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Recovery in Remitted First-Episode Psychosis at 7 Yearsof Follow-up of an Early Dose Reduction/Discontinuationor Maintenance Treatment StrategyLong-term Follow-up of a 2-Year Randomized Clinical Trial Lex Wunderink, MD, PhD; Roeline M. Nieboer, MA; Durk Wiersma, PhD; Sjoerd Sytema, PhD;Fokko J. Nienhuis, MA Editorial page 898 IMPORTANCE Short-term outcome studies of antipsychotic dose-reduction/discontinuation
strategies in patients with remitted first-episode psychosis (FEP) showed higher relapse rates
but no other disadvantages compared with maintenance treatment; however, long-term
effects on recovery have not been studied before.
OBJECTIVE To compare rates of recovery in patients with remitted FEP after 7 years of
follow-up of a dose reduction/discontinuation (DR) vs maintenance treatment (MT) trial.
DESIGN Seven-year follow-up of a 2-year open randomized clinical trial comparing MT
and DR.
SETTING One hundred twenty-eight patients participating in the original trial were recruited
from 257 patients with FEP referred from October 2001 to December 2002 to 7 mental
health care services in a 3.2 million–population catchment area. Of these, 111 patients refused
to participate and 18 patients did not experience remission.
PARTICIPANTS After 7 years, 103 patients (80.5%) of 128 patients who were included in the
original trial were located and consented to follow-up assessment.
INTERVENTION After 6 months of remission, patients were randomly assigned to DR strategy
or MT for 18 months. After the trial, treatment was at the discretion of the clinician.
MAIN OUTCOMES AND MEASURES Primary outcome was rate of recovery, defined as meeting
the criteria of symptomatic and functional remission. Determinants of recovery were
examined using logistic regression analysis; the treatment strategy (MT or DR) was controlled
for baseline parameters.
RESULTS The DR patients experienced twice the recovery rate of the MT patients (40.4% vs
17.6%). Logistic regression showed an odds ratio of 3.49 (P = .01). Better DR recovery rates
were related to higher functional remission rates in the DR group but were not related to
symptomatic remission rates.
Author Affiliations: Department of
Research and Education, Friesland
CONCLUSIONS AND RELEVANCE Dose reduction/discontinuation of antipsychotics during the
Mental Health Services, Leeuwarden, early stages of remitted FEP shows superior long-term recovery rates compared with the the Netherlands (Wunderink, rates achieved with MT. To our knowledge, this is the first study showing long-term gains of Nieboer); Department of Psychiatry,Rob Giel Research Center, University an early-course DR strategy in patients with remitted FEP. Additional studies are necessary Medical Center Groningen, University before these results are incorporated into general practice.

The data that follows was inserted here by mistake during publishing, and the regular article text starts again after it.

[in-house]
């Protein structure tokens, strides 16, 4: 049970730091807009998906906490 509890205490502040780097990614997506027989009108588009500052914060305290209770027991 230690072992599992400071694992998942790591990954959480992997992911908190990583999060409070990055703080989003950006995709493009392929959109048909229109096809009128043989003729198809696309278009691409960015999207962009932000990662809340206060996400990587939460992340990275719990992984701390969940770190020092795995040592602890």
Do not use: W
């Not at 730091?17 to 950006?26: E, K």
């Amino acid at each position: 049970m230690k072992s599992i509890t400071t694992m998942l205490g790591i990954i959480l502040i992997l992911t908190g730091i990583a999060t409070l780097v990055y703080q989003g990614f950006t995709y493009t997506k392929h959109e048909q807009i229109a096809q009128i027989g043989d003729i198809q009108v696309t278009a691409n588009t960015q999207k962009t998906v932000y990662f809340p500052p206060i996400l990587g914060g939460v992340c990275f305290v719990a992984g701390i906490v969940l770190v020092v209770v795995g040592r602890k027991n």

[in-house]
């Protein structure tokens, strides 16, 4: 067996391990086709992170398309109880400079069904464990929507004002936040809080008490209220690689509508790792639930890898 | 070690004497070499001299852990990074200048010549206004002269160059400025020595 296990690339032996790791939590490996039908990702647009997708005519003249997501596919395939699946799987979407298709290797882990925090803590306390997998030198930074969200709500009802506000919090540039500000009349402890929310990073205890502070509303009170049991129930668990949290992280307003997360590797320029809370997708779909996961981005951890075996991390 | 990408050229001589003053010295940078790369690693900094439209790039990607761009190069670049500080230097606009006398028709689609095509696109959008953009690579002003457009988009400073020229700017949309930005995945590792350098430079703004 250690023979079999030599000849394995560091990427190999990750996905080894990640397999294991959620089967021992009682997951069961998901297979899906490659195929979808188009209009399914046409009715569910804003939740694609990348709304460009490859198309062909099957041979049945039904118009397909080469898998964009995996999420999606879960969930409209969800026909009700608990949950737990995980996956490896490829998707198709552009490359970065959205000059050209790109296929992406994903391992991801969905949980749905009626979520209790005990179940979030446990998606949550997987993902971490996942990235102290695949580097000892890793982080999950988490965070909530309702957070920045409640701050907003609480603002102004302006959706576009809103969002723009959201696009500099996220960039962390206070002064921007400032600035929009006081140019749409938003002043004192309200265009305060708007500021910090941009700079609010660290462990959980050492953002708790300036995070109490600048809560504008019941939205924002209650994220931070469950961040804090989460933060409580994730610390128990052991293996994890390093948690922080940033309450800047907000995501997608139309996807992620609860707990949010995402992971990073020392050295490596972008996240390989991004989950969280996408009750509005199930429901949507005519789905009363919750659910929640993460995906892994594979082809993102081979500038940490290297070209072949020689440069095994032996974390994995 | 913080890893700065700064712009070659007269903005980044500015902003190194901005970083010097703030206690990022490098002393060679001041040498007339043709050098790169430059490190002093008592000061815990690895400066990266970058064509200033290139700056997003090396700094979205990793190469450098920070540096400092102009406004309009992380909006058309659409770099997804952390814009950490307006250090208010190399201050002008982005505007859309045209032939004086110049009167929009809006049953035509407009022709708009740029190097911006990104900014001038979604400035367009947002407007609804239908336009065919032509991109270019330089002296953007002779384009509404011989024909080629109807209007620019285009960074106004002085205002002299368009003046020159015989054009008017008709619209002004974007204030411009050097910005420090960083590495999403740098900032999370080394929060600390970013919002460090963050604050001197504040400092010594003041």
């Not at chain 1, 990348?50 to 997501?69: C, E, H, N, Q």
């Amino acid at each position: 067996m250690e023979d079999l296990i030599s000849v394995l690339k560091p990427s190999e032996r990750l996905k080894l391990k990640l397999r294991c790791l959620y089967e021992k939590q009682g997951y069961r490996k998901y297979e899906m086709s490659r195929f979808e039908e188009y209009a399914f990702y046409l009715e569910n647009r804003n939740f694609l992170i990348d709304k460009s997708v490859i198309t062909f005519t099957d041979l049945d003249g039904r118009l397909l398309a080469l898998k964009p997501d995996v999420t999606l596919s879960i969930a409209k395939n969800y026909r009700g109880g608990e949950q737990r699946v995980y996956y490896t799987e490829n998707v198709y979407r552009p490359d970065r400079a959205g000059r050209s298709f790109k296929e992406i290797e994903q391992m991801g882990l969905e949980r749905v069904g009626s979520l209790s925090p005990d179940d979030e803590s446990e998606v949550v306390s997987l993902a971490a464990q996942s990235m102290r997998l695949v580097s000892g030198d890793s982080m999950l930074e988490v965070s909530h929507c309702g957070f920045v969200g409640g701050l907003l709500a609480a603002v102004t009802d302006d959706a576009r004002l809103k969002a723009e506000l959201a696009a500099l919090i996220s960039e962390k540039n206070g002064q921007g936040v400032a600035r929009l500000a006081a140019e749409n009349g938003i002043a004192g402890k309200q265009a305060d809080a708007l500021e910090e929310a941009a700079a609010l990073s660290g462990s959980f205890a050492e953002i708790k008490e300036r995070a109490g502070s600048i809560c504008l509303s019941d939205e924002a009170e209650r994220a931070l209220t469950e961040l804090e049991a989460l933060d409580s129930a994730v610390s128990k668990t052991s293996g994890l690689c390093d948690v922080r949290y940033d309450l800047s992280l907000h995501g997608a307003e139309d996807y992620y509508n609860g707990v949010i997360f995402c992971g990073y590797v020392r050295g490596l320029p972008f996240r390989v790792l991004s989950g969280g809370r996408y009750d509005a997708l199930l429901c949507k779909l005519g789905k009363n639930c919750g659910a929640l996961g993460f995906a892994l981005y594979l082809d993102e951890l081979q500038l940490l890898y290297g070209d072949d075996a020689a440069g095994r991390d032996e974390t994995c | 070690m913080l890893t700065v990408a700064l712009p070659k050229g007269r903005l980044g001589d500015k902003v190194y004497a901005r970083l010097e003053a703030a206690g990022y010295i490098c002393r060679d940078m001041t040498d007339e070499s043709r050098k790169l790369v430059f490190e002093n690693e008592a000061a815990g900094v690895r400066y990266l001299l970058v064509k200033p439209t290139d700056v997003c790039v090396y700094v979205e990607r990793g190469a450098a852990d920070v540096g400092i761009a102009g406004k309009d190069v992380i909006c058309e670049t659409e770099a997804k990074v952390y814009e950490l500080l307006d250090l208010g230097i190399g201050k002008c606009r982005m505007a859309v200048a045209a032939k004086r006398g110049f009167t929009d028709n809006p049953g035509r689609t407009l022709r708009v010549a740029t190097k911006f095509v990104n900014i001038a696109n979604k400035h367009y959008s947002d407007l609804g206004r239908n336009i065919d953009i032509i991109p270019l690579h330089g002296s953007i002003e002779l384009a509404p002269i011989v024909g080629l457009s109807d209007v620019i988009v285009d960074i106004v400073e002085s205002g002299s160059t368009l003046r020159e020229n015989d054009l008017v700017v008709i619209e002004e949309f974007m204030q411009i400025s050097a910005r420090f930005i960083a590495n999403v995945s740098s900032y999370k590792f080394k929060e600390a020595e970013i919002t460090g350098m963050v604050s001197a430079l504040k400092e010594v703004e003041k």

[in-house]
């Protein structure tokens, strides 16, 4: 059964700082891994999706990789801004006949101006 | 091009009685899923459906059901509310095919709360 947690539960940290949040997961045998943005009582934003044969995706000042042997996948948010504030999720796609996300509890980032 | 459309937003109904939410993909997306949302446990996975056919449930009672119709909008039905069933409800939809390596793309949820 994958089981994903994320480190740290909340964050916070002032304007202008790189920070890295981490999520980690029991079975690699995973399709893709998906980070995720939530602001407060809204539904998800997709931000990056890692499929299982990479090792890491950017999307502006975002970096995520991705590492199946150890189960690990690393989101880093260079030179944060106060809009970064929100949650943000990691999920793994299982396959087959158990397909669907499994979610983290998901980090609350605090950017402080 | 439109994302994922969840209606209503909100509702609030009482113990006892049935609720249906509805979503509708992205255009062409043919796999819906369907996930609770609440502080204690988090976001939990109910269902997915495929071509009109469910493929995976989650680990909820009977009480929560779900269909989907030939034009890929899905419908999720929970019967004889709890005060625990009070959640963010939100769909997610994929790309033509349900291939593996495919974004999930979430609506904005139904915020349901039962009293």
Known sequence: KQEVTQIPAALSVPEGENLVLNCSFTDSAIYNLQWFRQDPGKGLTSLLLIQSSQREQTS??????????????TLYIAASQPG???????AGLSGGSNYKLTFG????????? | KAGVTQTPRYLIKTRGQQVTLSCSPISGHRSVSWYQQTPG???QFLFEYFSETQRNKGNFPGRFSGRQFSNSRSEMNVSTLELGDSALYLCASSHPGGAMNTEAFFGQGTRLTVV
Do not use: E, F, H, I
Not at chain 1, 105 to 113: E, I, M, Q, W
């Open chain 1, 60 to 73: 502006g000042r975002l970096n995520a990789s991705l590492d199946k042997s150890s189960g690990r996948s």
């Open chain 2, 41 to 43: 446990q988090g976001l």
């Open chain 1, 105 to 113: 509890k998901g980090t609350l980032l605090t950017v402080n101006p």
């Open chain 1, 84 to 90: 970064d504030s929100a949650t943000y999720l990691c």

of Groningen, Groningen, theNetherlands (Wunderink, Wiersma,Sytema, Nienhuis).
Corresponding Author: Lex
Wunderink, MD, PhD, Department of
Research and Education, Friesland
Mental Health Services, Sixmastraat
2, PO Box 8932 PS, Leeuwarden, the
Published online July 3, 2013.
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Research Original Investigation Recovery in Remitted First-Episode Psychosis with first-episode psychosis (FEP) will stop taking antipsy- substance; diagnostic category of nonaffective psychosis chotic drugs, resulting in increased relapse risk and lower (schizophrenia, schizophreniform disorder, schizoaffective dis- rates of recovery.1 Robinson et al2 studied self-elected discon- order, delusional disorder, brief psychotic disorder, or psy- tinuation in patients with FEP and found a 5-fold increase in chotic disorder not otherwise specified); symptom severity; relapse rates compared with patients who continued to take social functioning; quality of life; and time from start of anti- antipsychotics. In patients with multiple episodes who were psychotic treatment to first remission. A detailed description receiving intermittent treatment, higher relapse rates were of the instruments and measurement methods was reported demonstrated compared with the rates in patients receiving by Wunderink et al.14 maintenance treatment (MT).3 The first randomized clinical In the present study, the patients were followed up after trial in patients with remission of FEP comparing MT with dose 7 years, which was calculated from the start of the original trial reduction/discontinuation (DR) also showed higher relapse (the start date of the first remission). The follow-up assess- rates and no advantages of DR.4 More recent studies con- ment included symptom severity and level of social function- firmed these results.5-7 This further supported the guidelines ing during the past 6 months, relapses during the whole fol- stating that MT with antipsychotics is recommended for at least low-up period, and the type and dose of antipsychotics used 1 year when a first episode has remitted.8,9 However, all stud- during the past 2 years. Dosage data registered in patient rec- ies on treatment strategies have a short-term follow-up of 2 ords were verified during the assessment interviews.